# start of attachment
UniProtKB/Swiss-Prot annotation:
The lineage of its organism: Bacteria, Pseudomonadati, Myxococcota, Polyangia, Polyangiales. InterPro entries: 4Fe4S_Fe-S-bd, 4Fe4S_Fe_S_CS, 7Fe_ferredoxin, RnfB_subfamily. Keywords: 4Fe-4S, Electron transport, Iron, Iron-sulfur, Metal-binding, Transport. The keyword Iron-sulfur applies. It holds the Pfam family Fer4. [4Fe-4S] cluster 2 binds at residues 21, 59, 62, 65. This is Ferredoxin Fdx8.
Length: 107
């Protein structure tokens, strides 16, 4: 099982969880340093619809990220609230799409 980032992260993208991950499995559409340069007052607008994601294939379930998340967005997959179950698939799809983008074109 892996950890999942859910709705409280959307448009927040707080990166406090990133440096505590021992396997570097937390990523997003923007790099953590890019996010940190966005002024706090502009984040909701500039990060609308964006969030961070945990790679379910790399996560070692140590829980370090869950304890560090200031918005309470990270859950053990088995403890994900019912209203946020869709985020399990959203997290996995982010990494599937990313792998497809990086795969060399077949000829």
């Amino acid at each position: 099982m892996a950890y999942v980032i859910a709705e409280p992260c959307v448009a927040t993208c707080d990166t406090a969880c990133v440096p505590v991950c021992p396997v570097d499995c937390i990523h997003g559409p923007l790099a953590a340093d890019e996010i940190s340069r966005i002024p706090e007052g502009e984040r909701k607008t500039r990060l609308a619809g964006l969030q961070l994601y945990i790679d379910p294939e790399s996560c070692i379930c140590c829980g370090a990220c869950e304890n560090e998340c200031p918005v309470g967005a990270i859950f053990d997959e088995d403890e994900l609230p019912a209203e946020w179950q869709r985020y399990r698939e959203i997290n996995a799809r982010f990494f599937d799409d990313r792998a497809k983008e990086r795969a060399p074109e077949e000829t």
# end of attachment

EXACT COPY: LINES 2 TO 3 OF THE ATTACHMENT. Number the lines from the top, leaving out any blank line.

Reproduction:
The lineage of its organism: Bacteria, Pseudomonadati, Myxococcota, Polyangia, Polyangiales. InterPro entries: 4Fe4S_Fe-S-bd, 4Fe4S_Fe_S_CS, 7Fe_ferredoxin, RnfB_subfamily. Keywords: 4Fe-4S, Electron transport, Iron, Iron-sulfur, Metal-binding, Transport. The keyword Iron-sulfur applies. It holds the Pfam family Fer4. [4Fe-4S] cluster 2 binds at residues 21, 59, 62, 65. This is Ferredoxin Fdx8.
Length: 107